Despite empirical evidence for all three internationalization patterns, the explanatory power of these stereotypical patterns is limited. Little attention is paid to variations of the three internationalization patterns with respect to the scope and scale of internationalization. A first attempt to address this limitation is provided by Kuivalainen et al. [9] in a theoretical overview of possible variations within internationalization patterns. For example, a born global firm with a high foreign to total sales ratio could operate in a large number of different countries via different operation modes. What is more, the division of firms into three categories is somewhat static and fails to depict that firms change their internationalization patterns over time. In fact, the unique internationalization pathway of a firm could include various episodes of internationalization, de-internationalization and mixed episodes, e.g. a simultaneous increase in scope and decrease in scale [9].

While the field of SME internationalization leaves ample room for further studies we propose two avenues for future research. First, the reciprocal relationships between external and internal factors that shape a firm's internationalization pathway, the (varying) internationalization patterns it pursues, and its internationalization outcomes remain unclear. This holds true for the links between different internationalization pathways and the performance of SMEs over time as well as for the backlashes of specific internationalization patterns on internal firm factors [9; 10]. Second, the internationalization patterns described above predominantly focus on the internationalization of SMEs in industrialized countries. However, the context of SME internationalization in developing countries may differ substantially [11]. Future research on SME internationalization in the Global South could therefore reveal further internationalization patterns.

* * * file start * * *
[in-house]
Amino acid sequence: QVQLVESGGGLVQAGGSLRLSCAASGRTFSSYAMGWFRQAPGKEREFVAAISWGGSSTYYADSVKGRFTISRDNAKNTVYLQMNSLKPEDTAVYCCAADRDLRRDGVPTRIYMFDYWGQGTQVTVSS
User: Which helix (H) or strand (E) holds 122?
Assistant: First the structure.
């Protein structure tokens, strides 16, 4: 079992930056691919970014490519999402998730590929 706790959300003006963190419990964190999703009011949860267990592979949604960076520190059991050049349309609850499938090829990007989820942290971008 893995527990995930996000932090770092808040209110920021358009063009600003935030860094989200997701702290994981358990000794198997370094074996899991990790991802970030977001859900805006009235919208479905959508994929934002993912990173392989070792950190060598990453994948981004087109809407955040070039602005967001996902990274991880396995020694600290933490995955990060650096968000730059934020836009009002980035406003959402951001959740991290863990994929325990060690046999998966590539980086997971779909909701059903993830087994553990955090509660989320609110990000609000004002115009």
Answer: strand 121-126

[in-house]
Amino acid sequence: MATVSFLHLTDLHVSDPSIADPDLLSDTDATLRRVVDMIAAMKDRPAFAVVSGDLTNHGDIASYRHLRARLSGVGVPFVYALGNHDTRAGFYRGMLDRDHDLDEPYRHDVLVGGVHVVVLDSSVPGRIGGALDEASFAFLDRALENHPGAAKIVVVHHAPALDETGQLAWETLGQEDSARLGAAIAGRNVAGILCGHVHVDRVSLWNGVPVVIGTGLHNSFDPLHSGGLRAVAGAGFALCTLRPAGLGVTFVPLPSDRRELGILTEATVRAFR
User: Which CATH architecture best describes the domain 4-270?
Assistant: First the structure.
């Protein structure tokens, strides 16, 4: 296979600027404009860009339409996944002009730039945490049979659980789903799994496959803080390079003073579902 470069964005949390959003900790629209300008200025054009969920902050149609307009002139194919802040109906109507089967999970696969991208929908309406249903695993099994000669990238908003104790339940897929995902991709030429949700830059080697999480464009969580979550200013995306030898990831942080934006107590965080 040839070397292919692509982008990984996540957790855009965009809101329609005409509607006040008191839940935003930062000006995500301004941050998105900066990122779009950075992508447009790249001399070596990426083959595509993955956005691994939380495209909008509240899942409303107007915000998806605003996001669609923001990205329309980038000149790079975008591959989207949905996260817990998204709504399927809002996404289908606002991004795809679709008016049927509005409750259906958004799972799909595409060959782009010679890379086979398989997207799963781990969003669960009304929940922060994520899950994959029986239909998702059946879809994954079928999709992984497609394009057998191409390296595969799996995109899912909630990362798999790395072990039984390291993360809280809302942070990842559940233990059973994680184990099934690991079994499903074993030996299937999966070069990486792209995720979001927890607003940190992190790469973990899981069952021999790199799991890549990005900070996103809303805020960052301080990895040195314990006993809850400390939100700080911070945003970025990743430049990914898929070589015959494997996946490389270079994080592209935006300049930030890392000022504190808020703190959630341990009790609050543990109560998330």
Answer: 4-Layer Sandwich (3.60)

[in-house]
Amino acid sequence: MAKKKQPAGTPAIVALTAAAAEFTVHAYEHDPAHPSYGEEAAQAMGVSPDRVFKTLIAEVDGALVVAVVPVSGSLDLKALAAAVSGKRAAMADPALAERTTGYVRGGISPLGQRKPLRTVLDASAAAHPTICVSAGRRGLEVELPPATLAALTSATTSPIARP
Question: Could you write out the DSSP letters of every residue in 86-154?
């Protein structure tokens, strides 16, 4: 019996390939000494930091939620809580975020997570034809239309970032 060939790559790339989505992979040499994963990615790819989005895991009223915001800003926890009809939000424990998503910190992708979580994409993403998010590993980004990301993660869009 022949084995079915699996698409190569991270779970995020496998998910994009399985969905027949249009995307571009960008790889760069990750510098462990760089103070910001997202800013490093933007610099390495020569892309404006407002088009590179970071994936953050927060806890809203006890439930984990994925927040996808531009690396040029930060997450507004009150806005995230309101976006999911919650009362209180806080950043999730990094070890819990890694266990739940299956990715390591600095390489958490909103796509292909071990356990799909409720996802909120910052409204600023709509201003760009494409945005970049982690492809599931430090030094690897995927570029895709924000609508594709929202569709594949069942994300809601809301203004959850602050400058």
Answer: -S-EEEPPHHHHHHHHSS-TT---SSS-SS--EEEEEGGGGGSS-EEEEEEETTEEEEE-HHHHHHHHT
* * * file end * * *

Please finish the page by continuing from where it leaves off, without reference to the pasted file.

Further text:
The list of references

1. Bell, J., McNaughton, R., Young, S., & Crick, D. Towards an Integrative Model of Small Firm Internationalization / J. Bell, R. McNaughton, S. Young // Journal of International Entrepreneurship. - 2003. - № 4. - P. 339-362.

2. Calof, J. L., & Beamish, P. W. Adapting to Foreign Markets / J.L. Calof, P.W. Beamish // International Business Review. - 1995. - № 2. - P. 115-131.

3. Johanson, J., &Mattsson, L.-G. Internationalisation in Industrial Systems -- A Network Approach // U. Holm, M. Forsgren, J. Johanson -Knowledge, Networks and Power. The Uppsala School of International Business. - 2015. - P. 111-132.

4. Johanson, J., &Vahlne, J.-E. The Internationalization Process of the Firm - A Model of Knowledge Development and Increasing Foreign Market Commitments / J. Johanson, J.-E.Vahlne // Journal of International Business Studies. - 1977. - № 8. - P. 23-32.

5. Johanson, J., &Vahlne, J.-E. The Uppsala Internationalization Process Model Revisited / J. Johanson, J.-E.Vahlne // Journal of International Business Studies - 2009. - № 40. - P. 1411-1431.

6. Johanson, J., &Wiedersheim-Paul, F. The Internationalization of the Firm - Four Swedish Cases / J. Johanson, F. Wiedersheim-Paul // Journal of Management Studies. - 1975. - № 12. - P. 305-322.

7. Knight, G. A., &Cavusgil, S. T. Innovation, Organizational Capabilities, and the Born-Global Firm / G.A. Knight, S.T. Cavusgil // Journal of International Business Studies. - 2004. - № 35. - P. 124-141.

8. Knight, G. A., &Cavusgil, S. T. The Born Global Firm / G.A. Knight, S.T. Cavusgil // Advances in International Marketing. - 1996. . - № 8. - P. 11-26

9. Kuivalainen, O., Sundqvist, S., Saarenketo, S., & McNaughton, R. Internationalization Patterns of Small and Medium?sized Enterprises / O. Kuivalainen, S. Sundqvist, S. Saarenketo, McNaughton, R. // International Marketing Review. - 2012. - № 29. - P. 448-465.

10. Olejnik, E. International Small and Medium-Sized Enterprises / E. Olejnik. - Wiesbaden: Springer Gabler., 2014. - 200 p.

11. Osei-Bonsu, N. Understanding the Internationalization Process of Small-to-Medium-Sized Manufacturing Enterprises (SMEs): Evidence from Developing Countries / N. Osei-Bonsu // European Journal of Business and Management. - 2014. - № 6. - P. 167-186.

12. Oviatt, B. M., & McDougall, P. P. Toward a Theory of International New Ventures / B.M. Oviatt, P.P. McDougall // Journal of International Business Studies. - 1994. - № 25. - P. 45-64

13. Schueffel, P., Baldegger, R., &Amann, W. Behavioral Patterns in Born-Again Global Firms / P. Schueffel, R. Baldegger, W. Amann // Multinational Business Review. - 2014. - № 4. - P. 418-441.

14. Stieg, P., Hiebl, M. R. W., Kraus, S., &Schlьssler, F. Born-Again Globals: Generational Change and Family Business Internationalization / P. Stieg, M.R.W. Hiebl, S. Kraus, F. Schlьssler// European Journal of International Management. -forthcoming